It breaks through the surface, creating a way to remove contaminants, and for your roots to go deep.
It's the Word of God, the Bible.
"The love of Christ controls us."
I remember reading this in the NASB. It immediately broke up thick ground. You see, control is something I have always struggled with, but when I read that Love is to Control us, my soil was tilled.
Have you been "breaking ground" lately?
Pick up your Bible. Read His Word and let the softening of your soil begin.
Thursday, November 29, 2012
It breaks through the surface, creating a way to remove contaminants, and for your roots to go deep.
Sunday, November 25, 2012
To the ends of the earth...
A couple years ago I was sitting in a church in Malaysia. In the middle of the service the pastor lead the congregants in a prayer for the world. They also prayed for America, specifically for things happening that week in "The States."
It struck me that I was at the end of the earth, yet my "home" was still in need of Missions.
Missions is an act of Flourishing, and without a doubt, a biblical mandate.
At the depth of flourishing, we give out of the richness of our soil. Not because we are better in any way but because the love of Christ compels us.
Try reading 2 Corinthians 5. We are ambassadors of reconciliation. We are ambassadors for Christ, God is making his appeal to the world through us.
While spiritual formation may not be point A to B, our roots growing deep definitely has an element of "going". But not for us, for those still in need of the reconciliation of Jesus.
Look into how to go to the world in missions and give what has been planted in you.
Saturday, November 24, 2012
"It is better to give than to receive."
We've all heard it or even said it. But has it found its way into the heart of our actions?
Giving is an enricher. It might seem like giving would fall into "Till" since it involves letting go, or in "Flourish" because it blesses others, but it is in "Enrich" because in letting go and in blessing others, we are enriched.
I have a wife and 3 sons and at least the past few years I have become a difficult person to "buy" for. I think I've found why. Having family to give to has become the gift.
I am enriched when I am able to give. When I see the look on my boys' faces as they open a gift, something opens in me. I am enriched.
And so it is with our church community. God gives us opportunities at every turn to give and to be enriched.
Let go and give to others and find the soil of your spiritual growth nourished and enriched.
Wednesday, November 21, 2012
And this is how you should pray...
Prayer is one of those nutrients that may fall into more than one layer, but when I read The Lord's Prayer I see the tilling of our soil.
Think of each phrase or action as a spade striking the hardened surface of our soil, breaking up the ground, opening our soil to His Spirit.
Hallowed be Your Name
Your kingdom come and Your will be done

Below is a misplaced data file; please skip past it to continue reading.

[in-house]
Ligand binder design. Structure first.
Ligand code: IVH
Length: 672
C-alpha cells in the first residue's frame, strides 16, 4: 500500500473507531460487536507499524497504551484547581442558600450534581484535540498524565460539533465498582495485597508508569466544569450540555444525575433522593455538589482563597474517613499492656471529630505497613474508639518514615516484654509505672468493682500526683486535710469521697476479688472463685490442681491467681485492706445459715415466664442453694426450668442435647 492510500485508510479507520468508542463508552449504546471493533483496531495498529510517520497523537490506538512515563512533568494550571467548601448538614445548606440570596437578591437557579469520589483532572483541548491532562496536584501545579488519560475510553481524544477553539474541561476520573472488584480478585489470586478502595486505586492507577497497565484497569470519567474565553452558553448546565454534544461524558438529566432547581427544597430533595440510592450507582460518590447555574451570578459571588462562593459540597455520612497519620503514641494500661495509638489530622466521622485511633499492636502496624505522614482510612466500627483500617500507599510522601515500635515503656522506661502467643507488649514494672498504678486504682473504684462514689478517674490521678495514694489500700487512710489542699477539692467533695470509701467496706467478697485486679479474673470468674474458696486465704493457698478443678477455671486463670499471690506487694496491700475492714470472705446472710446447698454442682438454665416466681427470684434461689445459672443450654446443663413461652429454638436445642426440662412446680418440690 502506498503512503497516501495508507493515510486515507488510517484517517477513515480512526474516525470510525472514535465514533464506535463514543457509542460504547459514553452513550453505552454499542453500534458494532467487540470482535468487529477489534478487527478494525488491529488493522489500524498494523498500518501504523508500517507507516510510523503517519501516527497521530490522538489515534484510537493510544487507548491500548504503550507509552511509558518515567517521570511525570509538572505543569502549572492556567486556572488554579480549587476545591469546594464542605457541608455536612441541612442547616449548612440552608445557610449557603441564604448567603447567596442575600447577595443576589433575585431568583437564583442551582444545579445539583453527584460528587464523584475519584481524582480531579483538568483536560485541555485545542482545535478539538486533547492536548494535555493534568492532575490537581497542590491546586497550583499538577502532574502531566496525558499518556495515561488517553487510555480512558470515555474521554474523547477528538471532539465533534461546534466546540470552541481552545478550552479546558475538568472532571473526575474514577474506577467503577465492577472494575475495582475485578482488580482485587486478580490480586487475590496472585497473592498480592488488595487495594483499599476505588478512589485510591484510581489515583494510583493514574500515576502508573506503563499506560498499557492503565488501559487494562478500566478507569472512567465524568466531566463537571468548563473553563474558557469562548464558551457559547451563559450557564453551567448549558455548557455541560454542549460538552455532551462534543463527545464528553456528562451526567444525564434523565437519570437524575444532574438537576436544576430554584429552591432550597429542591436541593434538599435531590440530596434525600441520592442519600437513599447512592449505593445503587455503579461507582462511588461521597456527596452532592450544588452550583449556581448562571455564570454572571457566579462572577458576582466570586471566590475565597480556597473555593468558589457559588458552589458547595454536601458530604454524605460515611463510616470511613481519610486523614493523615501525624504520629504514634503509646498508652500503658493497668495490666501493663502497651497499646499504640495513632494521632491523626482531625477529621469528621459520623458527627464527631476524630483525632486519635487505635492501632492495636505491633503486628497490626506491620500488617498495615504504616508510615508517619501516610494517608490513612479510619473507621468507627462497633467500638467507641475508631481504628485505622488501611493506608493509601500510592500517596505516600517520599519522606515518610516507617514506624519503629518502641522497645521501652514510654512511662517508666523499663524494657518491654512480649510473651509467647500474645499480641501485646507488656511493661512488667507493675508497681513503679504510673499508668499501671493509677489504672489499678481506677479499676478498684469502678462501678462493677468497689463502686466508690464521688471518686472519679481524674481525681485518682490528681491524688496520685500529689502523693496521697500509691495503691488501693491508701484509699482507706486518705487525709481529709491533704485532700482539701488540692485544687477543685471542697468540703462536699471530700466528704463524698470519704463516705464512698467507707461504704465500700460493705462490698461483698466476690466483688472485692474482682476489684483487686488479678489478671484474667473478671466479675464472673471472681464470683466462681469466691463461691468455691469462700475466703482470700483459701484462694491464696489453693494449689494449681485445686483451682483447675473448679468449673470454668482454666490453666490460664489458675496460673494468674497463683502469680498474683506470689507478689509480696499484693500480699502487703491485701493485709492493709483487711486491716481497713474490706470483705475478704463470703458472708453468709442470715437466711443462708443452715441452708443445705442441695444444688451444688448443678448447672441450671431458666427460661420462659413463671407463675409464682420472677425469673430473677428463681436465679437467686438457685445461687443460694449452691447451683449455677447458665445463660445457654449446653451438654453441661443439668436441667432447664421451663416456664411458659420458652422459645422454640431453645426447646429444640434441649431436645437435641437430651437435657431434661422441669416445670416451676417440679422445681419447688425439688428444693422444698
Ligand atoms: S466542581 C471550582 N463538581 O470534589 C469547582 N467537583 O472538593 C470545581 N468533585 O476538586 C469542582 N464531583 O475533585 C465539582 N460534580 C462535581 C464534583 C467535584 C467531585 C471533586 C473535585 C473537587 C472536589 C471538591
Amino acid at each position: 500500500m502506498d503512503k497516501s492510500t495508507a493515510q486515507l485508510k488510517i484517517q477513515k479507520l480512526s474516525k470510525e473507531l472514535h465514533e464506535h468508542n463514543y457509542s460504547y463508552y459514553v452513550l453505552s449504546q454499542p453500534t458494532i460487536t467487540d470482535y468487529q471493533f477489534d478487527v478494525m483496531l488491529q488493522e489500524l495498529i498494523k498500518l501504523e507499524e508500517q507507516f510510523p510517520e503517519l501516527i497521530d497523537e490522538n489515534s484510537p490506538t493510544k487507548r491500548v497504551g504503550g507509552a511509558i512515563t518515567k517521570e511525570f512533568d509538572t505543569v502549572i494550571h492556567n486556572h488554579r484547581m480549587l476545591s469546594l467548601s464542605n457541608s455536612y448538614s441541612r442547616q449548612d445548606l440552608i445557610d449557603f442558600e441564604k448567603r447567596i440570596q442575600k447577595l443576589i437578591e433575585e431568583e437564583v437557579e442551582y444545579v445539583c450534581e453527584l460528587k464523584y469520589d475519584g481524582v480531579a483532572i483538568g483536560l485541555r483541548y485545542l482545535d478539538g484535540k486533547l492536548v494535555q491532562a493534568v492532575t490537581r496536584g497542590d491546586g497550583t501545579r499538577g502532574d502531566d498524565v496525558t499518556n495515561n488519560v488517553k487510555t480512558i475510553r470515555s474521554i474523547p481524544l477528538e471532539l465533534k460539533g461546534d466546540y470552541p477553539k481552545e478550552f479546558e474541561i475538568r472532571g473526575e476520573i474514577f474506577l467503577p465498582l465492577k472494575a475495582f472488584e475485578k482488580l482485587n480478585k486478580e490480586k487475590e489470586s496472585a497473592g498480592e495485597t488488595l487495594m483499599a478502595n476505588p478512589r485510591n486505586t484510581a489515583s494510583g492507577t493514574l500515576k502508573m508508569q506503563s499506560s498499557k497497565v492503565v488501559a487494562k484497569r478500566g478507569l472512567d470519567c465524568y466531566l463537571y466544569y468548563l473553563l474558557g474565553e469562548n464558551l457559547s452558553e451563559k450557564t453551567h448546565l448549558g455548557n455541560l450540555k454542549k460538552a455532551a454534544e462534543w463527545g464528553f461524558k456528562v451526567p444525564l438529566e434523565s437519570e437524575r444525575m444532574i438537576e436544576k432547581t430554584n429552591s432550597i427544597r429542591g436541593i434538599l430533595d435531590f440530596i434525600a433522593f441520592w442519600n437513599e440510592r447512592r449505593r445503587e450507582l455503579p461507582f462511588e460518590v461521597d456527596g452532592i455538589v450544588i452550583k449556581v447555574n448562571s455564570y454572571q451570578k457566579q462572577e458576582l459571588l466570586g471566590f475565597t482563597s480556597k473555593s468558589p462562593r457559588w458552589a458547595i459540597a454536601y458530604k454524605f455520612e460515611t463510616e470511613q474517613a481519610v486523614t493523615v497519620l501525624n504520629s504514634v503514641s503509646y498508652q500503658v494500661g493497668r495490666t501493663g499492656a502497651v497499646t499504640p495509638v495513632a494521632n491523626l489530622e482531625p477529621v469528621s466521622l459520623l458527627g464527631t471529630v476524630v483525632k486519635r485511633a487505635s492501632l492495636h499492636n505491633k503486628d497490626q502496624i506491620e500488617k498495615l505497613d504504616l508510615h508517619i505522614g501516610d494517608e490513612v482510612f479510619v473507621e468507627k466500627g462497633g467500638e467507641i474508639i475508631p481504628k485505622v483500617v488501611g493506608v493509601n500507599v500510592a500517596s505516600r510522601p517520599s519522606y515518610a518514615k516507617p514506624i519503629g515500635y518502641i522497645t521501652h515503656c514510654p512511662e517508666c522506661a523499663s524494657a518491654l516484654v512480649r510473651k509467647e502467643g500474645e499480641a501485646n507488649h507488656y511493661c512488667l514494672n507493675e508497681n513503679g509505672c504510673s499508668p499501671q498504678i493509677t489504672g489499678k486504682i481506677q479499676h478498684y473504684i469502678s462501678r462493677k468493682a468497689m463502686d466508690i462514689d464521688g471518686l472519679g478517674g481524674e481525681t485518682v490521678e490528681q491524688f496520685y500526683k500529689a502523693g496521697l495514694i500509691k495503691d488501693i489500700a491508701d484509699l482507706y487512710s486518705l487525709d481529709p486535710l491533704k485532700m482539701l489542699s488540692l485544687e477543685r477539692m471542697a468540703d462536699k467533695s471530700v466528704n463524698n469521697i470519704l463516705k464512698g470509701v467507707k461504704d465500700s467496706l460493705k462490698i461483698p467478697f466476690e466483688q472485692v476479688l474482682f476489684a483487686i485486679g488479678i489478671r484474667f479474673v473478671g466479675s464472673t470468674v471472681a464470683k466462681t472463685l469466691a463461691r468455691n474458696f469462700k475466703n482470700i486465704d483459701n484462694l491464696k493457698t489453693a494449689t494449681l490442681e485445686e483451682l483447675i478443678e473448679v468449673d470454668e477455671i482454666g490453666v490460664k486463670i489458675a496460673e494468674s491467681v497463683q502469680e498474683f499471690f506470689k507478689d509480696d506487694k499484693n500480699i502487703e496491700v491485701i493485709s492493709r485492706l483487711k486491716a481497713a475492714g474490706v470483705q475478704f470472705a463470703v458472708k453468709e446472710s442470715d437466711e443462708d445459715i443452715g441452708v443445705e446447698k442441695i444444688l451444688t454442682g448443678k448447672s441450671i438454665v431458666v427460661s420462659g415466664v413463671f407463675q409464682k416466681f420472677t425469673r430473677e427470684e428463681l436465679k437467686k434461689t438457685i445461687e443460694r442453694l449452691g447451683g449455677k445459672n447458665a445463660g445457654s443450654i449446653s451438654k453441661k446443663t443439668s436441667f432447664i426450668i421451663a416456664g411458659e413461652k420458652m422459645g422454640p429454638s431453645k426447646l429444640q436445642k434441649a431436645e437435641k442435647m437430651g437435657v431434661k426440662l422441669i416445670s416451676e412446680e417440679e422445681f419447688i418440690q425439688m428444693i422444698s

Give us this day our daily bread
As we forgive
Not into temptation
With each phrase we strike at hardness and accept the tilling up of any fallow ground and the stirring up of the surface of our soil.
Prayer is what leads the way for our roots. Prayer tills up the way for enriching and flourishing to come.
In case you are unsure how to pray, our first suggestion as a place to start is to open to the Psalms in the Old Testament of the Bible and pray them back to God.
Tuesday, November 20, 2012
"There is peace in serving."
I heard God say this to me years ago. I was dealing with anxiety over where I was going and what I was doing, then I heard Him say this to me.
Serving is something that flourishes in us. Jesus knelt and washed feet, told his disciples to become the least, and laid down his life.
His service was our fruit. Likewise, our service is another's fruit. I like to think we should have "low-hanging fruit." It shouldn't be difficult for others to receive acts of service from us.
Reflect on what it means to not think more highly of ourselves than we ought.
What if, instead of thinking highly, as though we are above, we think in terms of the depth of our roots. In this way we are always "under" those we serve.
What is happening below the surface of our soil will determine the fruit we give above the ground.
Saturday, November 17, 2012
1400 years of history surrounded me as the worship of God enveloped me.
This week I've been blessed to be in England and the night before last I sat with the choir at St. Paul's Cathedral for their evening worship "Evensong".
I didn't sing, but sat in the rows of this ancient church structure. A 14 voice choir filled the entire structure with praise.
As they began singing "Praise be to the Father" I was overwhelmed and tears welled up in my eyes. I was Enriched. My soil that bit better.
The Father receiving glory somehow enriches and benefits the children.
Something to point out. I didn't sing a single word. I worshiped and my soil was enriched without being able to sing as well as the 14 men in choir, or even knowing the words of the songs they sung.
Don't find yourself believing that you can't do any of the nutrients because you aren't skilled or an expert. Spiritual formation isn't an expert's realm, but a place of permanent amateurism.
Wednesday, November 14, 2012